Our Message Matters
We were born to write and writing itself is an addiction like none other. Many of us writers have a message we need to spread to the world and the best way for our voices to be heard is through our typing. We speak through the words we pen to paper or type on a screen. We each have an important message to relay to others and while our messages may reside on opposite ends of the spectrum, they’re equally important.
We all have a desire that draws us in. For a few of us, such a desire draws us in. For myself, spreading the message of liberty is of utmost importance so listening to the Liberty Report and reading from the Cato Institute, Free State, and Free Thought Projects are sacred times. For you, the message may be something else; you may be on the conservative or liberal side of the spectrum, and that’s okay. Our opinions deserve to be heard.
If we’ve written manuscripts or have published full-length novels, we may have an overall theme in our work. The theme can be anything, and each main character has what’s coined a story-worthy problem, something that makes the story worth reading. What are the lessons your characters must learn and what were they really looking to gain from themselves? This makes the story, but it also makes your message come to life before a reader’s eyes.
Now, I know some of us may be shy about spreading our message. What will our friends, family, peers, co-workers, and others think? Don’t be afraid to burn a few bridges, as more bridges, better, sturdier bridges, will be built in their place. Never be shy about voicing your opinion. It deserves to be heard. Again, I don’t care if it differs from mine. We’re all unique in this world and differences in opinion will make us unique.
When we spread our message, I always advise others to do sound research. I love to read an article or watch a video before diving into my analysis regarding any subject. Always have a source to back up the claim; that’s important. If your message is a work of fiction, you can always say what influenced you to write the work.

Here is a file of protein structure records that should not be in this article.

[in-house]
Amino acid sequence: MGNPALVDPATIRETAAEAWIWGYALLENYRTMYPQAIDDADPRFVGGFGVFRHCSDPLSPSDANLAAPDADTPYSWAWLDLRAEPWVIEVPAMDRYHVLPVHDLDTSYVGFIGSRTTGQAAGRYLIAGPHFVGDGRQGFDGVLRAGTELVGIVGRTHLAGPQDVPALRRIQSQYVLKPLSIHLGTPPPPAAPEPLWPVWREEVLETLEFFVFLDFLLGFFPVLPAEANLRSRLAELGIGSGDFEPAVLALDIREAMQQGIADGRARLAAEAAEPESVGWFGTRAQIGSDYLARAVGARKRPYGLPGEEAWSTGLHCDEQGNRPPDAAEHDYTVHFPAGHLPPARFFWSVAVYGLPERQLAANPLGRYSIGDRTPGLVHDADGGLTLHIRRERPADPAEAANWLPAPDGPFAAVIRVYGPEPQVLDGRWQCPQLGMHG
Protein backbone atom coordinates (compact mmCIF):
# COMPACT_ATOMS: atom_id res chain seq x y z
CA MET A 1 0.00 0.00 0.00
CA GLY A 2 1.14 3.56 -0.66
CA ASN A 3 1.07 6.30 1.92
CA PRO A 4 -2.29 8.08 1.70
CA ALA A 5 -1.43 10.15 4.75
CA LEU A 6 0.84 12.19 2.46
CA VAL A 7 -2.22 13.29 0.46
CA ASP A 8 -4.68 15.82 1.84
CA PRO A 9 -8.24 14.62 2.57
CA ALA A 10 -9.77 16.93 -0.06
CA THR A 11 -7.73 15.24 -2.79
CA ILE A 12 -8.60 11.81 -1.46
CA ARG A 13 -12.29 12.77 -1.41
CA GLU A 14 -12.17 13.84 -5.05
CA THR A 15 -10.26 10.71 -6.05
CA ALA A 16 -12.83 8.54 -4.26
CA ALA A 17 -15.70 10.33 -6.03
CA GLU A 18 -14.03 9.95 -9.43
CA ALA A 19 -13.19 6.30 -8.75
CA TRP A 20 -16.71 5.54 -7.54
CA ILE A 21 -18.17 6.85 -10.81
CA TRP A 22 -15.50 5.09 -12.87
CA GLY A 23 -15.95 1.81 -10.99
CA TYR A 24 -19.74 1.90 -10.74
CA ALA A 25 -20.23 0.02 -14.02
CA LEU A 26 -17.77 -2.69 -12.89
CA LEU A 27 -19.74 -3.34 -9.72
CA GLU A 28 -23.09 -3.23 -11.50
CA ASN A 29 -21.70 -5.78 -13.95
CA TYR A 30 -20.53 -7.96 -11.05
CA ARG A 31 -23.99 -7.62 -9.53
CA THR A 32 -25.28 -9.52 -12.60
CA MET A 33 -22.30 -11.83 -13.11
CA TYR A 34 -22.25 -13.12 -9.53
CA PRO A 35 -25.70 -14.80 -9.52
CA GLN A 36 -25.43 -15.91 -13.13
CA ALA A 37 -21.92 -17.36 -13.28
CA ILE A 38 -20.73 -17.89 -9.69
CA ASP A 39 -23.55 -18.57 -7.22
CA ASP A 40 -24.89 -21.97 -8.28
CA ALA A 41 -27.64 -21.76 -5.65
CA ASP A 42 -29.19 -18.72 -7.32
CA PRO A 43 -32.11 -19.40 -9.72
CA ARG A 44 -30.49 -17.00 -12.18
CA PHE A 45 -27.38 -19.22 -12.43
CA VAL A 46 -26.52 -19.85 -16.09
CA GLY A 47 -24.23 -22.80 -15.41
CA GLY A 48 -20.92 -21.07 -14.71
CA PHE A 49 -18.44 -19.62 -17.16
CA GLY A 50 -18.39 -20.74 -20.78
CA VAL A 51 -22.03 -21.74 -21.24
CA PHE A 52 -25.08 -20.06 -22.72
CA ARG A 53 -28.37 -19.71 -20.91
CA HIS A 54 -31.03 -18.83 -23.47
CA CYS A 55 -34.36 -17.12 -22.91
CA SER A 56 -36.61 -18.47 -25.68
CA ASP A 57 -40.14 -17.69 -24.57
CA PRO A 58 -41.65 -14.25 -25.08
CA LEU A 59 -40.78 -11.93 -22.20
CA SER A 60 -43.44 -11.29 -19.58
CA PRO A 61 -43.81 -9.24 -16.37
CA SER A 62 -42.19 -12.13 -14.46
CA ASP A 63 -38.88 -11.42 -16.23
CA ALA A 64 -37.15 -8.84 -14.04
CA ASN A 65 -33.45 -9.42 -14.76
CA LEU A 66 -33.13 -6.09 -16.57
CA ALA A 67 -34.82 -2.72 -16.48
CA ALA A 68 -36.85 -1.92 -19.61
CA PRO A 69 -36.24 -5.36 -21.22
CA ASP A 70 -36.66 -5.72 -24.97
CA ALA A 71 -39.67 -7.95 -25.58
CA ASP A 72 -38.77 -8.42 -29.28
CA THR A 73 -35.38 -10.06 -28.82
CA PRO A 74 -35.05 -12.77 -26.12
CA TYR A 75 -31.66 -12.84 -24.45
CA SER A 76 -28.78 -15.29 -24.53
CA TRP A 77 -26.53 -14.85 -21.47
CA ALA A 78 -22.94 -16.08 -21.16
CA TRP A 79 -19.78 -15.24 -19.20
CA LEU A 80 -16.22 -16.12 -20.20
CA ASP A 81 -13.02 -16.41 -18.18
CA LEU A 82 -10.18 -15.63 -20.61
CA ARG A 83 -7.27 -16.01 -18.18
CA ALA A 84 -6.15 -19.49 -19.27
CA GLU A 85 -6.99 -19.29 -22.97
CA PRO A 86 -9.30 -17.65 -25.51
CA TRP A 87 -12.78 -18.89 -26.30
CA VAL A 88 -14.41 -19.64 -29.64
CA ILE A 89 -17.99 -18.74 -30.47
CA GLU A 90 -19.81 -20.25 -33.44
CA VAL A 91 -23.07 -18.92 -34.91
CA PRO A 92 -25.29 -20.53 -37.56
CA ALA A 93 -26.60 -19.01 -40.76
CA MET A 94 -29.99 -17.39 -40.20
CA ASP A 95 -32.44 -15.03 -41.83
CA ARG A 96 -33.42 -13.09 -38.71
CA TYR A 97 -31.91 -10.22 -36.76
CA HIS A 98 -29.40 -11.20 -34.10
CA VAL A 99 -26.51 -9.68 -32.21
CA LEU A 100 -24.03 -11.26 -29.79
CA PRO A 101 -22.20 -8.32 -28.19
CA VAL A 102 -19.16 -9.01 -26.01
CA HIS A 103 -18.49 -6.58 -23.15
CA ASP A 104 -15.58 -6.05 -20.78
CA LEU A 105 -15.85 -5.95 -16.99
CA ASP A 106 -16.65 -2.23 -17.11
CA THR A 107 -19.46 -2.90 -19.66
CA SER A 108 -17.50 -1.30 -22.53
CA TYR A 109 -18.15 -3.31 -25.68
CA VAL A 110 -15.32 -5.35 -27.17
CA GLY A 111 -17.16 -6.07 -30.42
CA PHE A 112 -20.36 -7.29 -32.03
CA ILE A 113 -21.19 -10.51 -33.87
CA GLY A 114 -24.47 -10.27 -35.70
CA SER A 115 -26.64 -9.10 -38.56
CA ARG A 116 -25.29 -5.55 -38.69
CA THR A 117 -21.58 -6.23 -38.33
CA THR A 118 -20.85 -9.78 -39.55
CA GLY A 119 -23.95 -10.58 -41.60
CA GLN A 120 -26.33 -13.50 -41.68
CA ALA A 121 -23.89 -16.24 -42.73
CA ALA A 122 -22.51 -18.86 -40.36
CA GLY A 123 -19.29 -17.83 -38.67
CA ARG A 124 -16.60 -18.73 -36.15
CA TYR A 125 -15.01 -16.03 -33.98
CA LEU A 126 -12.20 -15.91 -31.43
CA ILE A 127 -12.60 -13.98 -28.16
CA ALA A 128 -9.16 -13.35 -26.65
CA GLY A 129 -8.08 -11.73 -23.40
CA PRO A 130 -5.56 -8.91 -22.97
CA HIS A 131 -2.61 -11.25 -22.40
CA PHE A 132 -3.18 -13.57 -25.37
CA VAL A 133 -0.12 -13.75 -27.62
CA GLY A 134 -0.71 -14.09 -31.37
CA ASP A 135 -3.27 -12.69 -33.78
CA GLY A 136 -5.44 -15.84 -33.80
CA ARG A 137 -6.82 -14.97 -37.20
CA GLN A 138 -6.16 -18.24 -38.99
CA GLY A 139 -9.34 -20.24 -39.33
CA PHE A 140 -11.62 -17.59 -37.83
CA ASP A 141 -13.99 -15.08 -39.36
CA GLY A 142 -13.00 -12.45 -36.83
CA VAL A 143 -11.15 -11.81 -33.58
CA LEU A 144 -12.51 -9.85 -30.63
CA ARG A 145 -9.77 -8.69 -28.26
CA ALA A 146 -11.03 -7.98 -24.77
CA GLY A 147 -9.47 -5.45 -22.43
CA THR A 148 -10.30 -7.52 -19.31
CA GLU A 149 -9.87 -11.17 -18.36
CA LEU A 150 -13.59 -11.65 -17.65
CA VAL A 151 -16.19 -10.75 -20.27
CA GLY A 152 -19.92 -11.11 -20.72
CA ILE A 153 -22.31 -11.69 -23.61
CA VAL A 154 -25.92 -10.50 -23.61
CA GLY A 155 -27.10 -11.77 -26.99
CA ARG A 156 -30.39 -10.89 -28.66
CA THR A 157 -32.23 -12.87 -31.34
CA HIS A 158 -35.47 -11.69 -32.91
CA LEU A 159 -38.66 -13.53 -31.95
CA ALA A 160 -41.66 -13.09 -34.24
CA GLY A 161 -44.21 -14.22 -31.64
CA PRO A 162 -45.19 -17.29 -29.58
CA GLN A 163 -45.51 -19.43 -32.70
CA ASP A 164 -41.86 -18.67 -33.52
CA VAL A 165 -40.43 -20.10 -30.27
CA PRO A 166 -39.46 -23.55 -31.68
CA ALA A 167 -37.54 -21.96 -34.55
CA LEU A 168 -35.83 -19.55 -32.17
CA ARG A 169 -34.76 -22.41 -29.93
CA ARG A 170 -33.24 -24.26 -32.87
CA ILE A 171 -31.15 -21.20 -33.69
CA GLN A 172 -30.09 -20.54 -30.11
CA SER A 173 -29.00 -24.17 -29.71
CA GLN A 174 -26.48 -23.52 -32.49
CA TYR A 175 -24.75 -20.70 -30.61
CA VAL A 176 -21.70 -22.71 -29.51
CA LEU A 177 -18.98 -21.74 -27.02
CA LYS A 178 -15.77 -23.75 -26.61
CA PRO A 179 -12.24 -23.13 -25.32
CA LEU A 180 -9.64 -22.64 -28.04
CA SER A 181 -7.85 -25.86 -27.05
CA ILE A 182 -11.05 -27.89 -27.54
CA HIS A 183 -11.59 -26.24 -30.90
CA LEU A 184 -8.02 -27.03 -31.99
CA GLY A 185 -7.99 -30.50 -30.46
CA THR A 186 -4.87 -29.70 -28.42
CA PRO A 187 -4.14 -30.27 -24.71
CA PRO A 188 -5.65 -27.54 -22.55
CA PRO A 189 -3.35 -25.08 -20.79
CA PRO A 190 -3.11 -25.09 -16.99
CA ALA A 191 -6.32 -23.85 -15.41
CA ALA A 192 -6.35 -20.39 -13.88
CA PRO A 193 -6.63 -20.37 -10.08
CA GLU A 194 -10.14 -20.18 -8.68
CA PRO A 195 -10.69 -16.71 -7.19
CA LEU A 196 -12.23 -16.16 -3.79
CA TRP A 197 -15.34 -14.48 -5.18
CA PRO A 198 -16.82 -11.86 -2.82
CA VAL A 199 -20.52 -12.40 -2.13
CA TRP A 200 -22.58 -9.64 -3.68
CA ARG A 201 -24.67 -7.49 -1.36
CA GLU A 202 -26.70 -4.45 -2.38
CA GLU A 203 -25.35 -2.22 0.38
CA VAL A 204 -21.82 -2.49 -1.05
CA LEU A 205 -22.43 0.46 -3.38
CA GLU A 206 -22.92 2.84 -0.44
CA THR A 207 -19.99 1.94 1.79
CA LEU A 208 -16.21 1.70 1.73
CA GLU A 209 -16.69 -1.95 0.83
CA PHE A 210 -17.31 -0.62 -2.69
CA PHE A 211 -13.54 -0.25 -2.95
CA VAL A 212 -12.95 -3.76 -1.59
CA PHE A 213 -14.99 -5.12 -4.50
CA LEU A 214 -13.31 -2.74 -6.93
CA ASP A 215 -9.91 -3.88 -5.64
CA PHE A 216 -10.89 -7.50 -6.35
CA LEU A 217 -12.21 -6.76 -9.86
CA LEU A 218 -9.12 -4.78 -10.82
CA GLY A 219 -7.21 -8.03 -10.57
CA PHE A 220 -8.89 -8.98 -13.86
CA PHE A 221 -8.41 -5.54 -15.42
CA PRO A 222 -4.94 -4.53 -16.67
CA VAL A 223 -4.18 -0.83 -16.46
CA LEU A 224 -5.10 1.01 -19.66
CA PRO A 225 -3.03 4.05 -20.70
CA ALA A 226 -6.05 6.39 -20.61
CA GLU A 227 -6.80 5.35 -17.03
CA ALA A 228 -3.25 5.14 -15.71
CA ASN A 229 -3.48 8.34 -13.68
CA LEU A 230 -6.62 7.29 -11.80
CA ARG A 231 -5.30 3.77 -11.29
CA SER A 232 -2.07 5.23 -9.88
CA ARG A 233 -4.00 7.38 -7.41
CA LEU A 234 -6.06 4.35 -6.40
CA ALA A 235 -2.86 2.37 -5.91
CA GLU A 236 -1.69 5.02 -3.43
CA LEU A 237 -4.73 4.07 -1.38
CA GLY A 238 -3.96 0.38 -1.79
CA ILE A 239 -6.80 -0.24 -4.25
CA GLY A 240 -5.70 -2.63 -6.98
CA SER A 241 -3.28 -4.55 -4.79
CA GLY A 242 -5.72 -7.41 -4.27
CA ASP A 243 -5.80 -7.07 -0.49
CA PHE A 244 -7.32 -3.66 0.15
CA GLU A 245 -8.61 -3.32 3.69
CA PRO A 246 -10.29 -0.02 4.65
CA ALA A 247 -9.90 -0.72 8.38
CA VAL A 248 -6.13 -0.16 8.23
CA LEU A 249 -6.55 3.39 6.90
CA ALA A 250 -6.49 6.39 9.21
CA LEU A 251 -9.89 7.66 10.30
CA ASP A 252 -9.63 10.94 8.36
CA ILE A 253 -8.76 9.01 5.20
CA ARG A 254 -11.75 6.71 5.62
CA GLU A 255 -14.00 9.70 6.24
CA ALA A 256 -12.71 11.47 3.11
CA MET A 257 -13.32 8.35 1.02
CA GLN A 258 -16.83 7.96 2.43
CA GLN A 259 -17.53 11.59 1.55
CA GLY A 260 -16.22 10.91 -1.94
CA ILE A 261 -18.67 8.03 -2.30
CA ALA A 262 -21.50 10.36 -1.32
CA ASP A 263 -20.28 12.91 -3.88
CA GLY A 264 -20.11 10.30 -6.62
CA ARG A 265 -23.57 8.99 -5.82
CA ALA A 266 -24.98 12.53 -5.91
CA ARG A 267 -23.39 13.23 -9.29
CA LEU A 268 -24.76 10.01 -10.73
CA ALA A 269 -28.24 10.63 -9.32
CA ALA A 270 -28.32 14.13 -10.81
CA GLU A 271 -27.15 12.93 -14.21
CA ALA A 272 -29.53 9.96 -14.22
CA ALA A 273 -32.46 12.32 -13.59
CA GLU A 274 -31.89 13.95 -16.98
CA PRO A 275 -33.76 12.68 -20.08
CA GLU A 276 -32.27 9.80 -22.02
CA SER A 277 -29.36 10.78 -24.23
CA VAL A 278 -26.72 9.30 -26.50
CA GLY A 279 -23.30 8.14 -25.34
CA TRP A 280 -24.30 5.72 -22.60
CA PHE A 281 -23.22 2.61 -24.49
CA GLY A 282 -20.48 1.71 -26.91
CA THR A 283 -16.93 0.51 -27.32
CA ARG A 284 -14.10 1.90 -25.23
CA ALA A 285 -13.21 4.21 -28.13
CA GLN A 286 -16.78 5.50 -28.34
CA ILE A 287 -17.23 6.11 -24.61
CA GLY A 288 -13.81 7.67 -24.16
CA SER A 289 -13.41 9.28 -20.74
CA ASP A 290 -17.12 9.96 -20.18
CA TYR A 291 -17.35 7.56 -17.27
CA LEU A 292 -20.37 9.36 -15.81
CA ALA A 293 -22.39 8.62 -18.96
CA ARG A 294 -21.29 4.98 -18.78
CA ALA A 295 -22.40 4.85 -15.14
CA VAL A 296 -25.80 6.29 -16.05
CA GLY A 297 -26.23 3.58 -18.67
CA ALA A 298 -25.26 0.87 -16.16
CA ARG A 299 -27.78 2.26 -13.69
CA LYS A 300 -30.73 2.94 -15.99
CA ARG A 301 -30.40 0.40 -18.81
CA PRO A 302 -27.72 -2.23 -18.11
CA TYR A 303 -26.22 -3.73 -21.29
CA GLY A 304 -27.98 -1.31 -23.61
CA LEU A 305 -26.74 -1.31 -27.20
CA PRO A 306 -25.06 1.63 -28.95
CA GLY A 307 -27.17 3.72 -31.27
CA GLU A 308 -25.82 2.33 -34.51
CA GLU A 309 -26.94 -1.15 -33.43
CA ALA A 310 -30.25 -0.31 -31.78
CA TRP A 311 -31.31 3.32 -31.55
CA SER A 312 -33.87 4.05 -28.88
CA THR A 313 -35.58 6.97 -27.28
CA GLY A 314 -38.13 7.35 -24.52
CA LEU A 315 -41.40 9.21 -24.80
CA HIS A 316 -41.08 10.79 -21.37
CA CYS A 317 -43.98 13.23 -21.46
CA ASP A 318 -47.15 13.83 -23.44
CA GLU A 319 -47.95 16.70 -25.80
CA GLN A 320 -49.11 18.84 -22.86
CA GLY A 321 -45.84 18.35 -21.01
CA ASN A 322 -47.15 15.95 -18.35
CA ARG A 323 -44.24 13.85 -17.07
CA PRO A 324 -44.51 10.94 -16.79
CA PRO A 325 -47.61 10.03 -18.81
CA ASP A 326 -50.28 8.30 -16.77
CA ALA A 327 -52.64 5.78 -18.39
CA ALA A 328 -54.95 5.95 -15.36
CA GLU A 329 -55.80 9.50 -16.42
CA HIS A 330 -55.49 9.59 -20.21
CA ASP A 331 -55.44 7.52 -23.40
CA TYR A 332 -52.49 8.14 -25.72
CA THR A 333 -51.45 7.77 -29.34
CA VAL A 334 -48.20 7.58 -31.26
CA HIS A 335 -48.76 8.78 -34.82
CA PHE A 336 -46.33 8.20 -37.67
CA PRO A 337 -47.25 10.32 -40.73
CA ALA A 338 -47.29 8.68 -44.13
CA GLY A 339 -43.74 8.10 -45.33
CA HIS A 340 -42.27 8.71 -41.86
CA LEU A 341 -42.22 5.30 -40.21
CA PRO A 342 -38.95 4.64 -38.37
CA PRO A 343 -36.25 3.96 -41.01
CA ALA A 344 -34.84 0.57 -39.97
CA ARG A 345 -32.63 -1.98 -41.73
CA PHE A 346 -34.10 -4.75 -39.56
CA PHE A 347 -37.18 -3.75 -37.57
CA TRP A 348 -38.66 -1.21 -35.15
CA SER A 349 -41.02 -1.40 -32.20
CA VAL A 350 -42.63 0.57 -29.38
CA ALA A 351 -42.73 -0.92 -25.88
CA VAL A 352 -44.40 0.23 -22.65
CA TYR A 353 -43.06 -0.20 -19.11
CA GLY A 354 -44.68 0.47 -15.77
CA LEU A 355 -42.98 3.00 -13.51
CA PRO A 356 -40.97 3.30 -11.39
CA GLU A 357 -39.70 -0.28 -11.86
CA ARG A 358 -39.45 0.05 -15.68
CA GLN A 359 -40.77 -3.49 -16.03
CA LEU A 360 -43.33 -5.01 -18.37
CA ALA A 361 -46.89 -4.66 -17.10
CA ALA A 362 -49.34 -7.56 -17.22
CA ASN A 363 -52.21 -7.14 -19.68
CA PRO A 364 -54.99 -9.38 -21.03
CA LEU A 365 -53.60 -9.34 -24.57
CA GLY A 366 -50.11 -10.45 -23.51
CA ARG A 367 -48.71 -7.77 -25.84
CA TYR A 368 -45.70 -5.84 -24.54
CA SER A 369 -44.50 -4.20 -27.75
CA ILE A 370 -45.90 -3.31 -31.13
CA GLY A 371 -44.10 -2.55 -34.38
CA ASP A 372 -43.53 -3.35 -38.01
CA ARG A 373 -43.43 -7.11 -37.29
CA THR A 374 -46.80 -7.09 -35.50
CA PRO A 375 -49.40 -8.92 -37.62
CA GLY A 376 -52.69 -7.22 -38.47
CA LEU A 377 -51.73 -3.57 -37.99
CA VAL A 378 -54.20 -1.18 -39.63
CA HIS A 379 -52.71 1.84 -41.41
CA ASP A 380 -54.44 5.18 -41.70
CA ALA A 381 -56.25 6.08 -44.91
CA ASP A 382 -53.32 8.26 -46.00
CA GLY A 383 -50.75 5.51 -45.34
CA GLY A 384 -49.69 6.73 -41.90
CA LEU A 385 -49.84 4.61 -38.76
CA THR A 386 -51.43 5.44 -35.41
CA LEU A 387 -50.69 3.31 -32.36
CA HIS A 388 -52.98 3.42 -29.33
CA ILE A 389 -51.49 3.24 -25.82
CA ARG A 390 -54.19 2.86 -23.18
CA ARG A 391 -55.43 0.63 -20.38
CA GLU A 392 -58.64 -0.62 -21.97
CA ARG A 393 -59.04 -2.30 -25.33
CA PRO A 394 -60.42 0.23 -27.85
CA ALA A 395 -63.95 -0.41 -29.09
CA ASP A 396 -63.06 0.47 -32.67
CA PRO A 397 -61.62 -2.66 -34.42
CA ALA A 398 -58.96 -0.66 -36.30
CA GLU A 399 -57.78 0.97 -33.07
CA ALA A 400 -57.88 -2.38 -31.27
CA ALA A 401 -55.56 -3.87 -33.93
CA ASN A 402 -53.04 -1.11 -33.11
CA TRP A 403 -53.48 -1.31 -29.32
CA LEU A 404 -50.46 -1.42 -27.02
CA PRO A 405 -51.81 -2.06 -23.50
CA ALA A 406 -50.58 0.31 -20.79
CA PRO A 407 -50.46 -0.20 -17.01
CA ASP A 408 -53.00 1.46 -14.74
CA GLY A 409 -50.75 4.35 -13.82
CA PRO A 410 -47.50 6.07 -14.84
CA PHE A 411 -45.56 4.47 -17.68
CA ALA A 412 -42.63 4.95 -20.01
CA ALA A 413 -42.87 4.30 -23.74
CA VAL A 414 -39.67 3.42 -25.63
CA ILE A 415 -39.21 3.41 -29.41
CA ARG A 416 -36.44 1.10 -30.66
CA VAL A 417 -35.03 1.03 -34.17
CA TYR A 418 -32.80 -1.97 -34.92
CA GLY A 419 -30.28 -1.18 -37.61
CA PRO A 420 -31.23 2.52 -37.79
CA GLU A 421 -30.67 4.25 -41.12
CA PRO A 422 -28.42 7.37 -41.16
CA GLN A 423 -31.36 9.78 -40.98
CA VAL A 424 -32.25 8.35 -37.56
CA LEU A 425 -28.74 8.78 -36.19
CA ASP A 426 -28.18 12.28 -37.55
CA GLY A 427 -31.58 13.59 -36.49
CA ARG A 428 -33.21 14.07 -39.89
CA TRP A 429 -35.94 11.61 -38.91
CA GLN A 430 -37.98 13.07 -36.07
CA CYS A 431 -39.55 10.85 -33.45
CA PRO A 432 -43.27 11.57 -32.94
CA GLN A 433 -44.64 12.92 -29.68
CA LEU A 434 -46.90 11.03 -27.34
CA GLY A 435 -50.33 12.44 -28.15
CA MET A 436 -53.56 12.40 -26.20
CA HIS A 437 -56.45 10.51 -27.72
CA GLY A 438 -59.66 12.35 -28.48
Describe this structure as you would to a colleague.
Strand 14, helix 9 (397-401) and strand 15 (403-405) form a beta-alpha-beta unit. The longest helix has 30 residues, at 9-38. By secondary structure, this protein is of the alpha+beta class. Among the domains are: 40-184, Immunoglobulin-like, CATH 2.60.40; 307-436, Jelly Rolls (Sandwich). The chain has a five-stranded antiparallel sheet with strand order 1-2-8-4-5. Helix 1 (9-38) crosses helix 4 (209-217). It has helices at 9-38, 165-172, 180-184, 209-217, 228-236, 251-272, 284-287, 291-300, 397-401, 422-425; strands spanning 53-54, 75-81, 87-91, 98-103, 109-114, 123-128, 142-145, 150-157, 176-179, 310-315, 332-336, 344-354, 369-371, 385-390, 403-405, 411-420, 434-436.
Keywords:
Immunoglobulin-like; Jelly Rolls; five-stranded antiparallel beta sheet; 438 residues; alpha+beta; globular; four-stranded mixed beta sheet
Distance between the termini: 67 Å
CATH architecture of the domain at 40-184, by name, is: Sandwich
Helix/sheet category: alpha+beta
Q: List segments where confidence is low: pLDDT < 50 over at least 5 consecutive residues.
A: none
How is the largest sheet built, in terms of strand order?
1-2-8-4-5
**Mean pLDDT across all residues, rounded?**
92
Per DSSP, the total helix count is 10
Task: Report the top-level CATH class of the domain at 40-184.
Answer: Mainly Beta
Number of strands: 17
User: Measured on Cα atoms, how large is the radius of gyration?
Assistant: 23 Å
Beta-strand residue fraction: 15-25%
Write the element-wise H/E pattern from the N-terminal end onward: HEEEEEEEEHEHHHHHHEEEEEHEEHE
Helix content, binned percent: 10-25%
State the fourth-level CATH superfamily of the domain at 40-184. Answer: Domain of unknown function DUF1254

Take my manuscript trilogy, Age of Columbia, for instance. In the first book, Uprising, the main character is an ignorant college athlete who inadvertently crosses the imperialism poisoning his colony. When this happens, the story is set in motion.
But, what motivated me to write Age of Columbia?
Age of Columbia stemmed from the History Channel miniseries, Sons of Liberty, and I wondered what a revolutionary war would like in modern times, with fantasy elements involved since I love fantasy. I’ve been a history buff my whole life and the American Revolution had been my favorite area of study since high school. The Founding Fathers and U.S. Constitution have always captivated me, and my political views are a direct interpretation of how I feel America’s Founders would interpret any given law.
For you, your message may be anything in your works that you find worth telling an audience about. Again, your message may differ from mine, but always keep your influences in mind when writing your story.
And finally, remember your message is important, even if your friends and family find it irrelevant. Someone is going to find it relevant. Look at America today and think of your own vision for America. We may have different visions for America, but at the same time, our voices deserve to be heard. When it comes to finding America, we can relate to certain groups of people who share our passion, whether on the left, right, or middle of the political spectrum. Good luck to all of you and may you spread your vision far and wide.